The opposition may get a chance to break the Democratic Party of Socialists' hold on power by offering a joint presidential candidate, some say.
By Drazen Remikovic for Southeast European Times in Podgorica -- 24/01/13
Filip Vujanovic has served as the president of Montenegro since 2003. [AFP]
Montenegro Parliament Speaker Ranko Krivokapic called for a presidential election for April 7th, following a meeting of parliamentary parties, in what some observers said is an opportunity for the opposition to achieve its first victory.
"The date allows for a longer campaign, which will give citizens an opportunity to get to know the candidates … Should it be necessary, a second election round will be organised on April 21st," Krivokapic said.
The ruling Democratic Party of Socialists (DPS) candidates have won the presidency eight times since 1990.
An opposition victory this time around would have a big psychological impact on Montenegro, according to Svetozar Jovicevic, independent political analyst and former deputy prime minister.
"On the other hand, if the government-backed candidate wins, nothing of significance will change, because the citizens know their politics for 23 years already," Jovicevic said.
The DPS has still not decided who their candidate will be, but party officials are optimistic.
"We expect the victory of our candidate which will, in some way, be a rounding of the electoral process that began with parliamentary elections in October last year. Citizens can expect the continuation of the Euro-Atlantic integration for Montenegro which has made us recognised in the world," Halill Dukovic, member of DPS presidency, told SETimes.
Andrija Mandic, member of Presidency of Democratic Front, currently the largest opposition party, said they have announced Miodrag Lekic as a candidate.
"We also invited all other opposition parties to support our candidate; there's never been a greater chance for the entire opposition to stand behind one joint candidate. A victory will be a huge step forward in the fight against organised crime and for the improvement of the economy," Mandic told SETimes.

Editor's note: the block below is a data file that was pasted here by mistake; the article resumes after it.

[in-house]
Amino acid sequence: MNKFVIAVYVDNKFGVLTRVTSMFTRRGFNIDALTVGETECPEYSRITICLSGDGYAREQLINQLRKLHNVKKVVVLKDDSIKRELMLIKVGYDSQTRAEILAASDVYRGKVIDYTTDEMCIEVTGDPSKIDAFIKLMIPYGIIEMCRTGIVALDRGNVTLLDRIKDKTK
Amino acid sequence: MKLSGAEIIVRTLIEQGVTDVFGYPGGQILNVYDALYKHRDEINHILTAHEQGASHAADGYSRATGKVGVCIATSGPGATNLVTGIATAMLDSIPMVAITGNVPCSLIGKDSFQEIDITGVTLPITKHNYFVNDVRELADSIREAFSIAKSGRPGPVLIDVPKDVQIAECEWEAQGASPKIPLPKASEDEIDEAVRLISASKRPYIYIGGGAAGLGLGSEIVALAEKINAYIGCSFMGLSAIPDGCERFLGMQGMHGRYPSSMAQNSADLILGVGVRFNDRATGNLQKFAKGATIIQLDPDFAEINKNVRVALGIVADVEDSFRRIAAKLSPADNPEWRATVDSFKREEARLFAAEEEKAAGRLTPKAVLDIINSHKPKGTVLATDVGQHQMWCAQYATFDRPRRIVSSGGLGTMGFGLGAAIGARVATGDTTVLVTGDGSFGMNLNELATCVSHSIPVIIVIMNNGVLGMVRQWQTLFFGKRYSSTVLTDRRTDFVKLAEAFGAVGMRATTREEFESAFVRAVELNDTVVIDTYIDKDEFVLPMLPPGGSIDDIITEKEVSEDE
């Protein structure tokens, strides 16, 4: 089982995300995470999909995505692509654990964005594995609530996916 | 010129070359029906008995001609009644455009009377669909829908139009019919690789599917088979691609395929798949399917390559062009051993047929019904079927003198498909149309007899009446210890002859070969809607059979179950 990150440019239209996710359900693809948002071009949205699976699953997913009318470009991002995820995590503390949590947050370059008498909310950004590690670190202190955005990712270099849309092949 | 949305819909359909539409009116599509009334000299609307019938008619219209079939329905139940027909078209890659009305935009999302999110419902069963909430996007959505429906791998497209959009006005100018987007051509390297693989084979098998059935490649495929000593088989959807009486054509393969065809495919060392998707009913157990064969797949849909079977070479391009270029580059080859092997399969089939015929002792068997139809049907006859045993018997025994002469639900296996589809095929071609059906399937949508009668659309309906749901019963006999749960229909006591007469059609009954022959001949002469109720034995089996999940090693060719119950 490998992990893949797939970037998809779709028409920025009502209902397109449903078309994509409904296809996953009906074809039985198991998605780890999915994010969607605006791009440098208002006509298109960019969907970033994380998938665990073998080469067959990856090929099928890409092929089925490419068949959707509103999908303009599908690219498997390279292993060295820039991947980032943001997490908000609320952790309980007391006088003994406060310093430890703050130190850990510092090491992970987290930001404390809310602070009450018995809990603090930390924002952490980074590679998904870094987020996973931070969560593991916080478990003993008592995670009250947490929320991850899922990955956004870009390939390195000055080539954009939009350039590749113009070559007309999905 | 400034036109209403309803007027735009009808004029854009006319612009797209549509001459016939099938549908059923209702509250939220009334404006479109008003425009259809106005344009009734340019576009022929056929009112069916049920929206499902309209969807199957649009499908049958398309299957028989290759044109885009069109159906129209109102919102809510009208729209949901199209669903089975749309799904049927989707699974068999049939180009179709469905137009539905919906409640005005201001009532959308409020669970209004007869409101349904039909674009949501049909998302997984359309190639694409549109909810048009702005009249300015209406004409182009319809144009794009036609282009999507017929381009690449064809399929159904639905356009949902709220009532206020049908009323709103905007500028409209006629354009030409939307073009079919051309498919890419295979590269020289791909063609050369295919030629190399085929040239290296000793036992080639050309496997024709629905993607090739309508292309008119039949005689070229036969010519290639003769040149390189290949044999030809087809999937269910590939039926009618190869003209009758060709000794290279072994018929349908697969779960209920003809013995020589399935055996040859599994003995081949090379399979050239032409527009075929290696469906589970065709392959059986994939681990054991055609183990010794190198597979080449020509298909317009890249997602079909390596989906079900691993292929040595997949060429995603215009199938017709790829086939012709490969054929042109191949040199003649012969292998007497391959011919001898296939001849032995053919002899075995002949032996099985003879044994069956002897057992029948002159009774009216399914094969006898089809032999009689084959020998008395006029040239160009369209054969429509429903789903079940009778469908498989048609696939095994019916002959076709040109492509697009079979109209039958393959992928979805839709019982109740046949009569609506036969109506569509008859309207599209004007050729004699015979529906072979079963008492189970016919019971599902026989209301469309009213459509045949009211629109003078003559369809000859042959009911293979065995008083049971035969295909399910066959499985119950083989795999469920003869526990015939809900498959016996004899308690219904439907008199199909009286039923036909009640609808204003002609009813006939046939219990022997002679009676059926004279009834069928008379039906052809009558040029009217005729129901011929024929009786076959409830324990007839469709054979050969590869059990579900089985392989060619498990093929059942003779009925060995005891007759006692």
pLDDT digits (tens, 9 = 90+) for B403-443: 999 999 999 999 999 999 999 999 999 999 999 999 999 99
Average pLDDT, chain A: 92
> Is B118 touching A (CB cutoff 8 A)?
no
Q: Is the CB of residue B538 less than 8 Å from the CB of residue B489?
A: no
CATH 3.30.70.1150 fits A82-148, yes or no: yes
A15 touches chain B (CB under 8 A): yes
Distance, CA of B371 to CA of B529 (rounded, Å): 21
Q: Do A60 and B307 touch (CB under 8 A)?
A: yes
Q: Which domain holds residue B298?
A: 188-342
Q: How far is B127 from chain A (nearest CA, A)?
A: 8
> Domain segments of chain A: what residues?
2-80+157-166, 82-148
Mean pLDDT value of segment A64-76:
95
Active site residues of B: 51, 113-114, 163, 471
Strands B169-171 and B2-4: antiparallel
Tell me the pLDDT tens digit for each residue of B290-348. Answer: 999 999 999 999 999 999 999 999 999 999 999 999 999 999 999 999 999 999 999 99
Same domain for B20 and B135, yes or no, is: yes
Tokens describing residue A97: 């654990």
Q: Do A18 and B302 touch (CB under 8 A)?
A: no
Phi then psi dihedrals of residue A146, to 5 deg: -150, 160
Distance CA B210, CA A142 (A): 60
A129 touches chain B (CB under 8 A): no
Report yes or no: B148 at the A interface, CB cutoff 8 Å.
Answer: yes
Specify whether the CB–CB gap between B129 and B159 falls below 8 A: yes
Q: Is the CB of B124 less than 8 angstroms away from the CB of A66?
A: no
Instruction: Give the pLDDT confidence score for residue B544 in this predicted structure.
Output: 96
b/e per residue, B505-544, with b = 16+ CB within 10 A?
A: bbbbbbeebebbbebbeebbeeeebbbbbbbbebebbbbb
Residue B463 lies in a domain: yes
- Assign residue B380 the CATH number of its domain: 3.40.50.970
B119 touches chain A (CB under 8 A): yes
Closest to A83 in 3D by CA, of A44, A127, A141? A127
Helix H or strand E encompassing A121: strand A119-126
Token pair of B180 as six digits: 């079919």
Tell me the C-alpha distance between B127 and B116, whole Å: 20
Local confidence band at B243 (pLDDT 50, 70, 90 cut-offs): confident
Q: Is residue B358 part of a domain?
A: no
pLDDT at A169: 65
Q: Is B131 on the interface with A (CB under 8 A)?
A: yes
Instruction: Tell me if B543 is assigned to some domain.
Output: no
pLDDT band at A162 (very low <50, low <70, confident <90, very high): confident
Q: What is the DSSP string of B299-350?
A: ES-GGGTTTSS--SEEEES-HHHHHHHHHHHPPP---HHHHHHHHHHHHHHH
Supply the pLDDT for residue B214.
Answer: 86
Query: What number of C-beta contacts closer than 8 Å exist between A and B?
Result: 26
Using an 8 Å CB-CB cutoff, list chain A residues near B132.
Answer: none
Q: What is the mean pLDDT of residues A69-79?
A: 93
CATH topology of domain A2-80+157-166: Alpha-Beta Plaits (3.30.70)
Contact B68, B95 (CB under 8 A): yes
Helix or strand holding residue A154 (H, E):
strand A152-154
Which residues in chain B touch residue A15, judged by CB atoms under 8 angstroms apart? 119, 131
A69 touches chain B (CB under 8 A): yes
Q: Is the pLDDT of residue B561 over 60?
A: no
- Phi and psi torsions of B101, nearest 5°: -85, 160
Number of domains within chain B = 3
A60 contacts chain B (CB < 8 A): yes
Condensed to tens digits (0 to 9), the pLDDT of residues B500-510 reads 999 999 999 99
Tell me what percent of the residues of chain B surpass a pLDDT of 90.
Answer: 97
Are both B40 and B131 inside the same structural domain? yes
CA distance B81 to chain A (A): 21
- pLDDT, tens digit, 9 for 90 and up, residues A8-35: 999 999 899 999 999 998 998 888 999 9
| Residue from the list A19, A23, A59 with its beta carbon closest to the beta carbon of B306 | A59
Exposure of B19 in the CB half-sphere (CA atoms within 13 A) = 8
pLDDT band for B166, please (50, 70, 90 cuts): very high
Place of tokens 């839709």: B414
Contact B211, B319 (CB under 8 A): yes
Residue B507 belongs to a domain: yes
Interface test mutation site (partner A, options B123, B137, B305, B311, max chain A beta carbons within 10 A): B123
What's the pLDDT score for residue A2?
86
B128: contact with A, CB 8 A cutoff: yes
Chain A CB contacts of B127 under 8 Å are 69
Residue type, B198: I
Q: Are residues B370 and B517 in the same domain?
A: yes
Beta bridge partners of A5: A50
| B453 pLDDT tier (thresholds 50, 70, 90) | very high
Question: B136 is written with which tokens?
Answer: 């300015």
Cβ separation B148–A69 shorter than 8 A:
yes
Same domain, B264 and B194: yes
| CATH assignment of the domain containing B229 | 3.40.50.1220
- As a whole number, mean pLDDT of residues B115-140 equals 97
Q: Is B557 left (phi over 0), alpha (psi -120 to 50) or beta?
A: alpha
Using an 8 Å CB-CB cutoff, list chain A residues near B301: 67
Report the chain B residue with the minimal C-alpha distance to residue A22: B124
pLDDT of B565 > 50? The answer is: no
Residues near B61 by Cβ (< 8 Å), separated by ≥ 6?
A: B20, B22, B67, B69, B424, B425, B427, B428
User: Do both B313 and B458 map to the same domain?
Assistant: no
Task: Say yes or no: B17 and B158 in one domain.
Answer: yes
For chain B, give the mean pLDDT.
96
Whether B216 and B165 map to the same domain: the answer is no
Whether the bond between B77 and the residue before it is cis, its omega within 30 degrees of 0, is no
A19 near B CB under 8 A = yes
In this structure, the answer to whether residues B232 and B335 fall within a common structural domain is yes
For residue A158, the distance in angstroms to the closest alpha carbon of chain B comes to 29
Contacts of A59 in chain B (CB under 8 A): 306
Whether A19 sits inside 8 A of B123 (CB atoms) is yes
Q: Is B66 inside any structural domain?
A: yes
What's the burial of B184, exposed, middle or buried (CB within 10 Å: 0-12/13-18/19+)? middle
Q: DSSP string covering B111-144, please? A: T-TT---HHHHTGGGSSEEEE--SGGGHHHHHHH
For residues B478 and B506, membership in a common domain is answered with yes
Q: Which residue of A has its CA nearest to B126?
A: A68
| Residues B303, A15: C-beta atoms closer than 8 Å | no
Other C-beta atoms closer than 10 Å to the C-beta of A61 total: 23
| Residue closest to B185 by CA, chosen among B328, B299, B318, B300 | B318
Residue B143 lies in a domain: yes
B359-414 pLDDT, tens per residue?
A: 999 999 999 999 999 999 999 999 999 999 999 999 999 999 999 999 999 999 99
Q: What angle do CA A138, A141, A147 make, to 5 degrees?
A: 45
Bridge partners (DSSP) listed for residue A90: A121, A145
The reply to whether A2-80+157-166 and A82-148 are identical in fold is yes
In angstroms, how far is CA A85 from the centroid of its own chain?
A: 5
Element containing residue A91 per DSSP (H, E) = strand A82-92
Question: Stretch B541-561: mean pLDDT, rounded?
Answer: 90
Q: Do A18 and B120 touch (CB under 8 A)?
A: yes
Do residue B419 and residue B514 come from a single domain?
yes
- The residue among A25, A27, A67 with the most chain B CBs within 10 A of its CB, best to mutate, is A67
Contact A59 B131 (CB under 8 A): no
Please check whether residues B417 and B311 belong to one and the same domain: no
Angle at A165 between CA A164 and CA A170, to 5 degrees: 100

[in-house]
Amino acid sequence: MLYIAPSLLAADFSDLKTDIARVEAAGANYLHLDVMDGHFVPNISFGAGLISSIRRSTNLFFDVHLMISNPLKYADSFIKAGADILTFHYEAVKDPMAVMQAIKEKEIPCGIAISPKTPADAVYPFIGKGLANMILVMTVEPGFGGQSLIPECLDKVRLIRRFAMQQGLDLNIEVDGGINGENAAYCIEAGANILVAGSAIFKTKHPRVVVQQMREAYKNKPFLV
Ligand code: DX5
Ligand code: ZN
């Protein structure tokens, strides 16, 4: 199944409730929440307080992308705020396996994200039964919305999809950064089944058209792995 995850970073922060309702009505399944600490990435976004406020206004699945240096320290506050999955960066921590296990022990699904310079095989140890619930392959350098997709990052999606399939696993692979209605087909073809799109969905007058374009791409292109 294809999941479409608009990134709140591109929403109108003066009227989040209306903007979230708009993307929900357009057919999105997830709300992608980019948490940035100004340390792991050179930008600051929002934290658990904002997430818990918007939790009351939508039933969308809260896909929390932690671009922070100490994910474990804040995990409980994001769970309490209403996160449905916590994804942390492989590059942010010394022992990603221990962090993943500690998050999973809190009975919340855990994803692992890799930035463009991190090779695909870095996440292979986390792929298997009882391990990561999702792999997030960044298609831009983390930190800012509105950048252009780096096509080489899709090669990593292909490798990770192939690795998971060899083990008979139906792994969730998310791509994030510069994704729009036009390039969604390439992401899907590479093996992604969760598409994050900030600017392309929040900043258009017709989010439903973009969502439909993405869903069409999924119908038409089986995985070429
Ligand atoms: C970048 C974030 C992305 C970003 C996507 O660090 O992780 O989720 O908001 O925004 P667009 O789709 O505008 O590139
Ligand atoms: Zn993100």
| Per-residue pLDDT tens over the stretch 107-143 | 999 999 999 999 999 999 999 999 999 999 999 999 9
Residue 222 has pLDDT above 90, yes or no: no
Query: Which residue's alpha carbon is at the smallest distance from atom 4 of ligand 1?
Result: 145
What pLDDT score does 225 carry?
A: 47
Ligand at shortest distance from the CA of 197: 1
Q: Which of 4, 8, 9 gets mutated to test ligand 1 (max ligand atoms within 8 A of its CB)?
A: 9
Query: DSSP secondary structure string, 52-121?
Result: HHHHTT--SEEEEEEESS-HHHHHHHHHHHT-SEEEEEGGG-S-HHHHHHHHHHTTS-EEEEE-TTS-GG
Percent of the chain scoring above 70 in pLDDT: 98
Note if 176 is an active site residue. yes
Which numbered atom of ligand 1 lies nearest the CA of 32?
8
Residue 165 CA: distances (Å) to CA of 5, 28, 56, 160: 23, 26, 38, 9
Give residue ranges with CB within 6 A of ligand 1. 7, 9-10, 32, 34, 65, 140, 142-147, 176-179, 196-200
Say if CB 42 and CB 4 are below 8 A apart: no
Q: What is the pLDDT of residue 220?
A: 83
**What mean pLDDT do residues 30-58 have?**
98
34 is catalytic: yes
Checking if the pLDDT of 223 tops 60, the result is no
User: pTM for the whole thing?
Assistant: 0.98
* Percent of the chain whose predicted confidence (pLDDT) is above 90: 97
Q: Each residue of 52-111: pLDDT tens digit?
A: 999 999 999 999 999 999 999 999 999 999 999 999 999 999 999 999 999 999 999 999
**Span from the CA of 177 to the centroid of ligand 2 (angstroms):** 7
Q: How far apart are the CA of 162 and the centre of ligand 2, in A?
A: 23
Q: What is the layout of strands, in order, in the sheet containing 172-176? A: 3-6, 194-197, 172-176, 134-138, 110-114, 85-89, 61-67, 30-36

The presidency in Montenegro is largely ceremonial, but also offers the greatest state legitimacy of any function.
"Realistically, a joint opposition candidate will be a good choice, but the leaders in the opposition need to have more confidence in each other [to go that route]," Daliborka Uljarevic, executive director of the Podgorica-based Centre for Civic Education, told SETimes.
Uljarevic said that whether the opposition will opt for a joint candidate depends on who the DPS selects as a candidate.
Polls show that President FilipVujanovic is the most popular public figure, but there is a potential obstacle to him running, as he is serving his third term. Montenegro's 2007 constitution stipulates a person can only be re-elected twice.
But some argue Vujanovic is only now completing his first full presidential term because Montenegro restored its independence in 2006.
Others, like the Social Democratic Party of the ruling coalition, said they will oppose another Vujanovic candidacy.
Citizens said they do not have high expectations, though that position may change.
"People are tired of elections. Whoever is chosen will not have the magic wand to fix the difficult economic situation overnight. Citizens realise the politicians can not do too much to help them. We surely need a strong political figure to run the state, but my expectations are not great," Dragisa Cuturic, 54 mechanical engineer in Niksic, told SETimes.